A Kuyperian Commentary on Biblical Hermeneutics, Chinese Worlds, and Everything Else in a Biblical Perspective
The Gospel of John was written by the inspired author for some apologetic purpose addressing the challenge to Christian faith in his contemporary time (see “The Apologetic Purpose of the Gospel of John"). Yet not only the truth he sought to communicate has timeless dimension as the Word of God, the theological and rhetorical styles that he employed sheds the light of how Christian apologetics may be conducted to suit its content. In today’s practice of Christian apologetic, very few attention has been given to the features how biblical writers formulate their persuasion. Here I am trying to give an example from my contemplation of the Gospel of John.
In my contemplation of the Gospel of John, I have observed the following apologetic features (see “The Apologetic Features of the Gospel of John"):
Starting point, the divine Logos
Creator-creature distinction, the preexistent Logos and this world
Divine self-disclosure in Jesus, the True Light
Noetic effect of sin
Faith, regeneration, the role of the Holy Spirit
Function of miracles
Role of human witness
Problem of evil
Self-attestation of the Scripture
Presence of the living Christ
Self-authenticating self-witness of Jesus as the Son of God
To put things together, we shall see that the Gospel writer has consistently presented Jesus as the self-revealing divine personality who bears the divine witness for himself. What he has disclosed to us is about his own identity, as the divine Son of God who incarnated and came to this world. His witness is from the above and belongs to God; but his hearers are from the earth and belongs to this world under the devil’s and the sin’s influences. He remains divine when he is human. His self-witness is completely divine, not of human mixture. It is because of sin that this world rejects him. Only those who is regenerated by his Spirit will hear his words and come to faith and become his children. Jesus’ identity is thoroughly self-authenticating, and his testimony is self-attesting.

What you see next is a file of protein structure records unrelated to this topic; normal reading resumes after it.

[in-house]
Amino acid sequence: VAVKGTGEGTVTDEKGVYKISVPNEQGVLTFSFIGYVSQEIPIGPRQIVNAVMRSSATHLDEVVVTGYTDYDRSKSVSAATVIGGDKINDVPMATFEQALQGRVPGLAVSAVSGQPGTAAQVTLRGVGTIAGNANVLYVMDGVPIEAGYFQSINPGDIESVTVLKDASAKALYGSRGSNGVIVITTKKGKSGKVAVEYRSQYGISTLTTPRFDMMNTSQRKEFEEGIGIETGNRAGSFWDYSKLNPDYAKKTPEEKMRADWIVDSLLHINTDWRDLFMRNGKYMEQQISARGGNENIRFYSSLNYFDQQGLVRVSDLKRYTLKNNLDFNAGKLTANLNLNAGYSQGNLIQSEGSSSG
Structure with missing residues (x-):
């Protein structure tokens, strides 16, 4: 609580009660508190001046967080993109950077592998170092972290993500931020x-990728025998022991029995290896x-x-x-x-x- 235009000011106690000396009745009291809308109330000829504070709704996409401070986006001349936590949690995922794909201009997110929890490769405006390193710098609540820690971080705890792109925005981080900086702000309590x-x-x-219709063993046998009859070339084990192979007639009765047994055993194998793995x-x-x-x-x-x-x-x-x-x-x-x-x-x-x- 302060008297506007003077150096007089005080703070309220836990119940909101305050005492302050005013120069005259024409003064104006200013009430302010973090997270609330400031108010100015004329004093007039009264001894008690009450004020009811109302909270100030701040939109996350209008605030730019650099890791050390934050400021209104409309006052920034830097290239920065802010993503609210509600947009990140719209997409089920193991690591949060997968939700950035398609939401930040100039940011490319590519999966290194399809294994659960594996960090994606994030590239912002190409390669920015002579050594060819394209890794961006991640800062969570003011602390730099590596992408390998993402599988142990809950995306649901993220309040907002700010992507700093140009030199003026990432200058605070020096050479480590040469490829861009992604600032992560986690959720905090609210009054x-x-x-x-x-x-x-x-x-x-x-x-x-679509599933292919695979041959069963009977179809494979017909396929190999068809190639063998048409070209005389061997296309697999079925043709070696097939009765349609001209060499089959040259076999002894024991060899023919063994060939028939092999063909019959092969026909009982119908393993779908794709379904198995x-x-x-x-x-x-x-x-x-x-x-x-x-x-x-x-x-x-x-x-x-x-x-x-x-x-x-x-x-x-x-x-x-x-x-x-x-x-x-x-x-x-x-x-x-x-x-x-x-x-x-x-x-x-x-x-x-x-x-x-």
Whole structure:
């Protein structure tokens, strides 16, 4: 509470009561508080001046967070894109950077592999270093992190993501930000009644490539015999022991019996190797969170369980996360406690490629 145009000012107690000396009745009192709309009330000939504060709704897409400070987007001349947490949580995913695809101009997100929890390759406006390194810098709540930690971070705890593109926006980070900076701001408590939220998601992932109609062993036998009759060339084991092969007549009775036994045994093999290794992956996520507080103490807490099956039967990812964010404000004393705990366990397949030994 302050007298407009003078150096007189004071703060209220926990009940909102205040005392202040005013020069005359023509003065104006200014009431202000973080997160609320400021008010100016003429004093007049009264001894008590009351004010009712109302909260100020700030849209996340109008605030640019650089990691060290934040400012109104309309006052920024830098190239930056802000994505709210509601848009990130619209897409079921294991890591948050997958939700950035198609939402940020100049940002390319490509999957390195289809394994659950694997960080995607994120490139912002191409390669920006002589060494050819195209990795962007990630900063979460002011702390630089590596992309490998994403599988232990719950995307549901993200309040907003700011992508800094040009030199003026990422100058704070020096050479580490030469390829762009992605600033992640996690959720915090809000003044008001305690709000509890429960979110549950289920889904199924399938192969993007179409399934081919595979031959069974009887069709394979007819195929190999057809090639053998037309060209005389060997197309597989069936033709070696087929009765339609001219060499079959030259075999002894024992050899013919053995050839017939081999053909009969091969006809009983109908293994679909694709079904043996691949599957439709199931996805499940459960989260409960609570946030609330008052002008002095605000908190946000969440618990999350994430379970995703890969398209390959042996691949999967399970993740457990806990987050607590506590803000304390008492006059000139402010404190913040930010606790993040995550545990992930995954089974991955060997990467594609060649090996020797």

Bekken’s recent study on Jesus self-witness in John 5:31-40 and 8:12-20 shows some kind of parallel with Phillo’s Legum Allegoria 3.205–208. His finding suggests that the self-authenticating self-witness is understood in the Hellenistic Jewish thought as the category of divine witness. In other words, God alone can claim this sort of self-authenticating self-witness argument, and it will be a sign of signaling divinity when encountering this kind of argument. It confirms with the Gospel’s account that the Jews wants to kill Jesus because he holds himself as equal to God.
It is important to qualify that Jesus’ self-authentication is not existential. For between the self-revealer and the believer there are multiple divine witnesses to attest with each other, and there are many secondary witnesses to confirm or point to the divine witnesses. The Gospel writer’s apologetic in fact engages the three persons of the Trinity and whole cosmos in the attestation of Jesus as the Son of God, the giver of life. What has been emphasized in the Gospel is not the believer’s personal encounter with the divine Logos, but the mutually attesting relationship between the Father and the Son, added with the testimony of the Holy Spirit, who leads the believers into truth. It is the inter-Trinitarian mutual attesting that authenticates the identity of Jesus. Only the divine attests the divine, not human experience attest the divine revelation.